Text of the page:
A range of policies, strategies and management measures have been applied to mitigate nutrient loads and combat eutrophication in the Baltic Sea region. Yet, mitigation results remain unsatisfactory due to the well-recognized but still unmanaged contribution of nutrient legacies in addition to the active sources to inland, coastal and marine waters in this region. Stockholm University, the lead partner for the Swedish MAL3 case in COASTAL, has outlined a quantitative typology approach to nutrient source attribution across the whole Swedish Baltic coast, that is capable of differentiating between active and legacy nutrient sources. Analysis has indicated dominant legacy source contributions to the monitored nitrogen and phosphorus loads in the Swedish coastal catchments with higher concentrations than the active sources. Legacy concentrations also change more slowly than nutrient concentrations from active or mixed sources over time, and are found to be well-correlated with key indicators of human activity at catchment scale, such as agricultural land share and population density. Such nutrient source distinction can support the selection of effective mitigation measures and their implementation location to reduce waterborne nutrient loads, associated eutrophication and their adverse impacts on aquatic ecosystem status on local/national level of the Swedish Baltic coast and on regional/international level of the whole Baltic Sea region.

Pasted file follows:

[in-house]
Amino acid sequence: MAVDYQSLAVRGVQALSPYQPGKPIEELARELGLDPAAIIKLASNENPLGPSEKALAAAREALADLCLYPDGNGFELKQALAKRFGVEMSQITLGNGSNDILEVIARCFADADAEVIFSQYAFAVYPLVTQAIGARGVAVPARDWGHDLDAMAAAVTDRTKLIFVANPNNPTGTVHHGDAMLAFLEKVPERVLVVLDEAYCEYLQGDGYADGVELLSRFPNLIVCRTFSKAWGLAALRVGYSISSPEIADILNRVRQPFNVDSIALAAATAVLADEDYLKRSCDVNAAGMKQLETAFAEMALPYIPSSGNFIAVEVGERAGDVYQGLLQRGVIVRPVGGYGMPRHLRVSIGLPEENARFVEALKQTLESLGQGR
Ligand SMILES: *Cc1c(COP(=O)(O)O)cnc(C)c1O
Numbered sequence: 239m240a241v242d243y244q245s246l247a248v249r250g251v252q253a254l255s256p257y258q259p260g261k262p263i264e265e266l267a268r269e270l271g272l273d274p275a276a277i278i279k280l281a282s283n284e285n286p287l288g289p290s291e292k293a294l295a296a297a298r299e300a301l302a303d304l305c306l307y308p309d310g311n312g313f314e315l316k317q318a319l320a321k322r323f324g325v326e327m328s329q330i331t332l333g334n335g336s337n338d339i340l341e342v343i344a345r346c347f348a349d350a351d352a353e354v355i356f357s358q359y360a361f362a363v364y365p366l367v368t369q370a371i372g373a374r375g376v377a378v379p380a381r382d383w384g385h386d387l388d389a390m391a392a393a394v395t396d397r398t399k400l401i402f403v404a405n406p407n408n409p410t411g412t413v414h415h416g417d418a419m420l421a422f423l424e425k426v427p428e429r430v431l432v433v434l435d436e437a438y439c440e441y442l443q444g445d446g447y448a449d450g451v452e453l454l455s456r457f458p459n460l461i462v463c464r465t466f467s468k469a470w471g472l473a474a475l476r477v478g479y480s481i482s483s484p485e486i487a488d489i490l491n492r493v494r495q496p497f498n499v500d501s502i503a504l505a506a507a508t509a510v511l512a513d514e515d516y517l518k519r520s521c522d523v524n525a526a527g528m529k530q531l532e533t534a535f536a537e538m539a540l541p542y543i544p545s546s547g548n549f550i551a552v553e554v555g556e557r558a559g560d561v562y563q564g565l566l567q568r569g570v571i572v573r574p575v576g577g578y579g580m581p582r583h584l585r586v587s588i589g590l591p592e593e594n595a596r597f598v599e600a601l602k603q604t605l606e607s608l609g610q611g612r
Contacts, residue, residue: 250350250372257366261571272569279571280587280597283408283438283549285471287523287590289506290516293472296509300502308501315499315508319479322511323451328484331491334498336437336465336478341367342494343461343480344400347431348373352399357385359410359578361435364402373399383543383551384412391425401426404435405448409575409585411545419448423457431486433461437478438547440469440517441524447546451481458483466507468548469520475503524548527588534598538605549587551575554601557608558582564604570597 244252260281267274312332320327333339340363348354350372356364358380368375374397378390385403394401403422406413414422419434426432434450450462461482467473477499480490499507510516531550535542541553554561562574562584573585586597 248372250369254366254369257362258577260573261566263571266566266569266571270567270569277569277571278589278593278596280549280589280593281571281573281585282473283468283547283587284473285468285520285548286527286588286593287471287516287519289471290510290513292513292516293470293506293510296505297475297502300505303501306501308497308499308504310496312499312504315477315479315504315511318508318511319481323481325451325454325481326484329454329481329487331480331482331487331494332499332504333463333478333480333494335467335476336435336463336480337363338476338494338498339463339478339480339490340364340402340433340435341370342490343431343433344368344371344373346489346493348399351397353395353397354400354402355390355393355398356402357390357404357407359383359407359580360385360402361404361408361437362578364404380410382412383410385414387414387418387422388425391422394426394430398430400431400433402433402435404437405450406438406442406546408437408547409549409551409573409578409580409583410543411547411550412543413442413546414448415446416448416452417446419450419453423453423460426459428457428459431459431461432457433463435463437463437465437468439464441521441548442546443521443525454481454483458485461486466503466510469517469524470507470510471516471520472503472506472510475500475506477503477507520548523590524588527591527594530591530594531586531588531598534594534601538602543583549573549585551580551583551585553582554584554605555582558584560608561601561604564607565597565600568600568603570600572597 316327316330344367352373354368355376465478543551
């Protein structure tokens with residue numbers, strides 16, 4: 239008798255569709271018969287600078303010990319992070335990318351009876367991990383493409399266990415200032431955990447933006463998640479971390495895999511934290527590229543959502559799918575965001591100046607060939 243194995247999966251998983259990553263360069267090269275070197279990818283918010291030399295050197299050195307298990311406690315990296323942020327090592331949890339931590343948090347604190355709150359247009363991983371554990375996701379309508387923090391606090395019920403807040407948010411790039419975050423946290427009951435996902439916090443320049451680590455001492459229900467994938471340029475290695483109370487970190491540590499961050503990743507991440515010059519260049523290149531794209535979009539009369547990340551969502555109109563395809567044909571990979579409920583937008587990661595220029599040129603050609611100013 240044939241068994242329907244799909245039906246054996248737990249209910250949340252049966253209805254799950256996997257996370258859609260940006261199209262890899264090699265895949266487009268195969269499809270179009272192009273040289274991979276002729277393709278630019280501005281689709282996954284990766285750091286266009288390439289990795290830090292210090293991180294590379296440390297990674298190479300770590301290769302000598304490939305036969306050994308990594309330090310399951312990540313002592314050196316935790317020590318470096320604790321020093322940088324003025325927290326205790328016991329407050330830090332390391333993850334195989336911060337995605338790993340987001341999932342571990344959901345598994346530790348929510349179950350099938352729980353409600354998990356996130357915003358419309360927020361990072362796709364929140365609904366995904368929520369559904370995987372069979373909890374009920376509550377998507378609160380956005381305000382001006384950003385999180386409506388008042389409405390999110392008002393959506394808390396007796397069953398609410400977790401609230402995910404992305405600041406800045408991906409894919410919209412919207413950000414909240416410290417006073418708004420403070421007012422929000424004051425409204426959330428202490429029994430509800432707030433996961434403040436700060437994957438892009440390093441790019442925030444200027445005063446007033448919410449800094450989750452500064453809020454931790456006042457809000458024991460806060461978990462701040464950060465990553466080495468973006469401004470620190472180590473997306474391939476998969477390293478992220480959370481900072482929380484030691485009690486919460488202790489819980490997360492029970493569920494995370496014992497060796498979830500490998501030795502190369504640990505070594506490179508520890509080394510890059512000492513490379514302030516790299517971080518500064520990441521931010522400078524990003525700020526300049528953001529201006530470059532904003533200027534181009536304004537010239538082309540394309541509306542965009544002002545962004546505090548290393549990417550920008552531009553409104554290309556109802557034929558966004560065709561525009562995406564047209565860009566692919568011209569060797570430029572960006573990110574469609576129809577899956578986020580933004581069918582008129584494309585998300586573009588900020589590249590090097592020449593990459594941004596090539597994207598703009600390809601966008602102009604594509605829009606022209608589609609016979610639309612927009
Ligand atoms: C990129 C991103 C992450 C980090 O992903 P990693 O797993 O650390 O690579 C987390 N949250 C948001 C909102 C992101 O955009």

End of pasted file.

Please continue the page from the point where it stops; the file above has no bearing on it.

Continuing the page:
Read the full open-access published article here: https://doi.org/10.1002/hyp.14284